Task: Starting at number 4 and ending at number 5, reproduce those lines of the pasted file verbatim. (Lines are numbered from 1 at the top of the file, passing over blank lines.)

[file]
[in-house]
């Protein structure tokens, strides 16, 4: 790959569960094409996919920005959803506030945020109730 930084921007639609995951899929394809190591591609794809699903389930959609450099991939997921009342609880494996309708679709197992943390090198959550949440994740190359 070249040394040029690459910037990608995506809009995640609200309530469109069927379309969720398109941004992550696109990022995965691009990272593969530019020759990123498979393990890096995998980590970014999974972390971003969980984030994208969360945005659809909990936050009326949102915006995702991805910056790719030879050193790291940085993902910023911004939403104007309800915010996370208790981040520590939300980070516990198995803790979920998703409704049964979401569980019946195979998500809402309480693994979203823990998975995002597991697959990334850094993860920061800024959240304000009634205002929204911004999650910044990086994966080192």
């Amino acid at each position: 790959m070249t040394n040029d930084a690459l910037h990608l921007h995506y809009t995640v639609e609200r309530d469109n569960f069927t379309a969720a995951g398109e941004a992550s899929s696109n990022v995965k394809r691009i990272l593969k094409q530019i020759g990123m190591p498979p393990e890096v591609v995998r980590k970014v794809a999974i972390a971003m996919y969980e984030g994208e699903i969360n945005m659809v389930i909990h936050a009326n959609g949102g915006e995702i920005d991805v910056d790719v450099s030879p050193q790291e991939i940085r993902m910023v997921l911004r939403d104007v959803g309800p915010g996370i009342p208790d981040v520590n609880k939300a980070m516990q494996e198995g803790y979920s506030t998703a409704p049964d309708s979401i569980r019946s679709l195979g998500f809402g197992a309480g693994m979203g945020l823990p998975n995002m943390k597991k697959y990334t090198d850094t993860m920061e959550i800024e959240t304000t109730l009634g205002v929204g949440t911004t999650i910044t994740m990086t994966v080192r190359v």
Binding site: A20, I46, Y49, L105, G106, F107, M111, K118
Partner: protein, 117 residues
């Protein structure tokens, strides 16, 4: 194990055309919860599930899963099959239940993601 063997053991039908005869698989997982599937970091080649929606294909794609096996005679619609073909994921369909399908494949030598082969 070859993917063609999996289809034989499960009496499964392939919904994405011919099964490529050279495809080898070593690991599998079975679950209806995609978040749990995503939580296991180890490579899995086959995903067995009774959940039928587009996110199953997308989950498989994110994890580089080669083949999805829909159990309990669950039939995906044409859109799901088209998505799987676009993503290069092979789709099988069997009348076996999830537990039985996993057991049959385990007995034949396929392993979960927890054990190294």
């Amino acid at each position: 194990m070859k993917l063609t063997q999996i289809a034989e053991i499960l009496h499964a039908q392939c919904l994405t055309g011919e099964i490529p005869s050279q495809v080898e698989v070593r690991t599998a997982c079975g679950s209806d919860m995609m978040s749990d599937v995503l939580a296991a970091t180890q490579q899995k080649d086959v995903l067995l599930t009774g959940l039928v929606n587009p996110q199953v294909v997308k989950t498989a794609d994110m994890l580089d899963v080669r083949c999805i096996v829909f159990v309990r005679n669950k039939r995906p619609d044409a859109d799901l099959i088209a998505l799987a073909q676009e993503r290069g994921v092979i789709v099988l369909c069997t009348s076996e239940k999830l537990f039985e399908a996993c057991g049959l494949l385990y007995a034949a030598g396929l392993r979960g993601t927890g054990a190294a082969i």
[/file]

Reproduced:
Binding site: A20, I46, Y49, L105, G106, F107, M111, K118
Partner: protein, 117 residues